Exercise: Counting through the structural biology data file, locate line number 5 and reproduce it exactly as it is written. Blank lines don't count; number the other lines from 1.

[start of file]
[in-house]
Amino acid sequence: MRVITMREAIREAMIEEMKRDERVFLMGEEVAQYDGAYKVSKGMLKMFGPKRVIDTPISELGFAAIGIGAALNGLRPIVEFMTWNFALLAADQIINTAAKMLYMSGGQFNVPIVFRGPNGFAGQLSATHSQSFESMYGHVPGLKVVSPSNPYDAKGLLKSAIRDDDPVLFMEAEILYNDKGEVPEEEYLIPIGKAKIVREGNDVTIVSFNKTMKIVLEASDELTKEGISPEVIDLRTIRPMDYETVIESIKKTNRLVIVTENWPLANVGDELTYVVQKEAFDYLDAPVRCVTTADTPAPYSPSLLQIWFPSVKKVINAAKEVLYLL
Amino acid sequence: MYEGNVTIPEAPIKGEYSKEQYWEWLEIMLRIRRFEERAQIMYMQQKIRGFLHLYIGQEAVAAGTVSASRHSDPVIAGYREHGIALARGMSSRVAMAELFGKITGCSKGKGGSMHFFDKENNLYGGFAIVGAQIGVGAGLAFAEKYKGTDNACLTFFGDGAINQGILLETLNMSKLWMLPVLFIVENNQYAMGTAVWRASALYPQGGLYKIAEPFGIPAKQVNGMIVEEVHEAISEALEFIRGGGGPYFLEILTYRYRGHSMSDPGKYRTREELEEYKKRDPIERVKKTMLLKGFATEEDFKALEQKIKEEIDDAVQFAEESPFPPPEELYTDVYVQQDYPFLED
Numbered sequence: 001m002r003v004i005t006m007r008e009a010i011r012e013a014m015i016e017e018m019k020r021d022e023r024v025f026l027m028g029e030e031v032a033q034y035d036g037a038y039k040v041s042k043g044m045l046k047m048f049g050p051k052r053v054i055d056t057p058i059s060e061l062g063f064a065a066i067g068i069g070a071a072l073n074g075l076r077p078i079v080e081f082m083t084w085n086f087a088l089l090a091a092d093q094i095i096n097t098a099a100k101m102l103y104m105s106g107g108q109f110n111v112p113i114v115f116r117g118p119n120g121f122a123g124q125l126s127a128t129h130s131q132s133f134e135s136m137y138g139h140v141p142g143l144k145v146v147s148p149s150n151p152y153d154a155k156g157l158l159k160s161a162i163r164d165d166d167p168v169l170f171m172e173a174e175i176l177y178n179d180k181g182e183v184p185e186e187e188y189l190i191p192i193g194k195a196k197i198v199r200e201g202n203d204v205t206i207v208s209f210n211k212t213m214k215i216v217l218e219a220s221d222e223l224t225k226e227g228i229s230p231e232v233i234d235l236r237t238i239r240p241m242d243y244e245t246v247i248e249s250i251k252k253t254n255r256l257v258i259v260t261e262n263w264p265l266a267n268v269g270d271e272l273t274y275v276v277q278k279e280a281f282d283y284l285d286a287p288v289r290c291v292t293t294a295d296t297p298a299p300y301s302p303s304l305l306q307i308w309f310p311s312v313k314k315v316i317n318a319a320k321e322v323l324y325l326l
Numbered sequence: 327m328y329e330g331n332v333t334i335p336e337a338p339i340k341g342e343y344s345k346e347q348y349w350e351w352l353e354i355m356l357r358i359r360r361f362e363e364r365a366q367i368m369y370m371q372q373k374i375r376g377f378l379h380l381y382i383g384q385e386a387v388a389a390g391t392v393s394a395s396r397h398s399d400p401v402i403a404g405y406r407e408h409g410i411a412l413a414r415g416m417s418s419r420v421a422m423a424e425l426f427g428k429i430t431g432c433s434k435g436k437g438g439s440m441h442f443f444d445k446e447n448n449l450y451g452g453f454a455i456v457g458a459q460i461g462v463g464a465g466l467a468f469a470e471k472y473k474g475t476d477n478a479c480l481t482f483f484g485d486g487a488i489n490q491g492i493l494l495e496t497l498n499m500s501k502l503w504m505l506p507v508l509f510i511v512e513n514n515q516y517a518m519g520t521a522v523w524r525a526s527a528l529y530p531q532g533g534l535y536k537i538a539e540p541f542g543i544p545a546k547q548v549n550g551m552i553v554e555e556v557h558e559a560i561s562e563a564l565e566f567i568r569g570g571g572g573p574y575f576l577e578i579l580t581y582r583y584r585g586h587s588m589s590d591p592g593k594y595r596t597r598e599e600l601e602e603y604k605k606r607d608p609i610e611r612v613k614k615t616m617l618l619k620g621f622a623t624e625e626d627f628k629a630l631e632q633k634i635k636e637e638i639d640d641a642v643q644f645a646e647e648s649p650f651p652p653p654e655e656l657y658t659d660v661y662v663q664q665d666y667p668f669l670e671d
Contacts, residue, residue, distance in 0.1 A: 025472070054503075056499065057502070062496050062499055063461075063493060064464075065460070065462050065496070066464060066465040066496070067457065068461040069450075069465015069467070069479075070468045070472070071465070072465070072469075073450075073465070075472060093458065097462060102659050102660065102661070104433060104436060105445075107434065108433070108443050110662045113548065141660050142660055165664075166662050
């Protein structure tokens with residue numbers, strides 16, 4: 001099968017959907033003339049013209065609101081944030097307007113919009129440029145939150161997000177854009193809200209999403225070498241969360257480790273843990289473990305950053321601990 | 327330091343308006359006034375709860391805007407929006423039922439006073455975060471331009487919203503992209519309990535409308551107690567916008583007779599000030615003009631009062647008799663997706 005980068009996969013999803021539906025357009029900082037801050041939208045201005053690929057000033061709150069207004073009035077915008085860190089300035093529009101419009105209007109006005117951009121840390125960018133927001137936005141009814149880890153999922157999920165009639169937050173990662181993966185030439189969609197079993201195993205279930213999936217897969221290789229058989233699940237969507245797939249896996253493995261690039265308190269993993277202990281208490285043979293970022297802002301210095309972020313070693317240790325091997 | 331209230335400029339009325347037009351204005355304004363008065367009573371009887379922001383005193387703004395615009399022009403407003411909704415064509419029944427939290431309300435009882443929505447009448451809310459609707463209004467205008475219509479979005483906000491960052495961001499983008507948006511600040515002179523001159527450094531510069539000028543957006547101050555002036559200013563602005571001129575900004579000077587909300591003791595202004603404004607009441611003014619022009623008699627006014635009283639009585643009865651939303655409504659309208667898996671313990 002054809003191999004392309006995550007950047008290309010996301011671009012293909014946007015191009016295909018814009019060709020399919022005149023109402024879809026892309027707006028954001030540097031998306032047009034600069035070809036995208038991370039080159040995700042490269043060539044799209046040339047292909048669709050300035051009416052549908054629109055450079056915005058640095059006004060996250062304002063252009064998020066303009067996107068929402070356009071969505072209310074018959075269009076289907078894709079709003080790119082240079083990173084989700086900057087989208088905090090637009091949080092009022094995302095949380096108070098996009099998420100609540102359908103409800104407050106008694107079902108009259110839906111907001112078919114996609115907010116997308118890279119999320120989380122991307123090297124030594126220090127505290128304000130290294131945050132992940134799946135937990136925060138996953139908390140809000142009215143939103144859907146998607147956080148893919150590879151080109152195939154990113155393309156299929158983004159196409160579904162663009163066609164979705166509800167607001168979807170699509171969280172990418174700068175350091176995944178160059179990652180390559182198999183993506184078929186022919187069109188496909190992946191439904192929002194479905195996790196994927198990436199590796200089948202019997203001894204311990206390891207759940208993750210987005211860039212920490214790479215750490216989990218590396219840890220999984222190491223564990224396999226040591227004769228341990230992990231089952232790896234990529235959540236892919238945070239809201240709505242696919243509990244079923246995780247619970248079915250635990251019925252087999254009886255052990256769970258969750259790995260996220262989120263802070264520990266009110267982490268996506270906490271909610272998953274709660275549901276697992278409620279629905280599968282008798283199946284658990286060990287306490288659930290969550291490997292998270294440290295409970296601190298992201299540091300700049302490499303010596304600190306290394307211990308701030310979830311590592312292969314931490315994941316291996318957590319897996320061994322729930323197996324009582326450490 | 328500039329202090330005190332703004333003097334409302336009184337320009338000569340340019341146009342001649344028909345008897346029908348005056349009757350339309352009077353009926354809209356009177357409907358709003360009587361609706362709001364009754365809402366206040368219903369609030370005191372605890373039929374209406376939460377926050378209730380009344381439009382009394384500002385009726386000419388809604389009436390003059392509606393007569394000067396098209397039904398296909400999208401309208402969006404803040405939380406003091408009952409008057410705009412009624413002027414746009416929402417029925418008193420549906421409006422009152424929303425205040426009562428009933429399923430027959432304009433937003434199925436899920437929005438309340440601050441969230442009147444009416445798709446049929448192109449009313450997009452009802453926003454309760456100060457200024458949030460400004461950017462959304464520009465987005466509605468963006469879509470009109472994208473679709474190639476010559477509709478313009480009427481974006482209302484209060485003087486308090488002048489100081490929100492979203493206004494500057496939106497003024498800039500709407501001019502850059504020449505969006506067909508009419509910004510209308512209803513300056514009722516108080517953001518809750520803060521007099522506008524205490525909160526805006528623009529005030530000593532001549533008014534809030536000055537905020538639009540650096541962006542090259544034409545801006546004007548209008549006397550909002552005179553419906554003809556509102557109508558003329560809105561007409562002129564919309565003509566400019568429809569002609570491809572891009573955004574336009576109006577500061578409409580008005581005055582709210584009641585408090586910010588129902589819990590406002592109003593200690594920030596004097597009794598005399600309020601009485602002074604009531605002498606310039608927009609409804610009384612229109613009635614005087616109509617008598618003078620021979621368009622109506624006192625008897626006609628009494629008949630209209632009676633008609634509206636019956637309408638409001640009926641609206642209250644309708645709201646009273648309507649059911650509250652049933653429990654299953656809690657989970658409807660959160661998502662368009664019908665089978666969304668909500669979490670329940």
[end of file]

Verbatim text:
Numbered sequence: 327m328y329e330g331n332v333t334i335p336e337a338p339i340k341g342e343y344s345k346e347q348y349w350e351w352l353e354i355m356l357r358i359r360r361f362e363e364r365a366q367i368m369y370m371q372q373k374i375r376g377f378l379h380l381y382i383g384q385e386a387v388a389a390g391t392v393s394a395s396r397h398s399d400p401v402i403a404g405y406r407e408h409g410i411a412l413a414r415g416m417s418s419r420v421a422m423a424e425l426f427g428k429i430t431g432c433s434k435g436k437g438g439s440m441h442f443f444d445k446e447n448n449l450y451g452g453f454a455i456v457g458a459q460i461g462v463g464a465g466l467a468f469a470e471k472y473k474g475t476d477n478a479c480l481t482f483f484g485d486g487a488i489n490q491g492i493l494l495e496t497l498n499m500s501k502l503w504m505l506p507v508l509f510i511v512e513n514n515q516y517a518m519g520t521a522v523w524r525a526s527a528l529y530p531q532g533g534l535y536k537i538a539e540p541f542g543i544p545a546k547q548v549n550g551m552i553v554e555e556v557h558e559a560i561s562e563a564l565e566f567i568r569g570g571g572g573p574y575f576l577e578i579l580t581y582r583y584r585g586h587s588m589s590d591p592g593k594y595r596t597r598e599e600l601e602e603y604k605k606r607d608p609i610e611r612v613k614k615t616m617l618l619k620g621f622a623t624e625e626d627f628k629a630l631e632q633k634i635k636e637e638i639d640d641a642v643q644f645a646e647e648s649p650f651p652p653p654e655e656l657y658t659d660v661y662v663q664q665d666y667p668f669l670e671d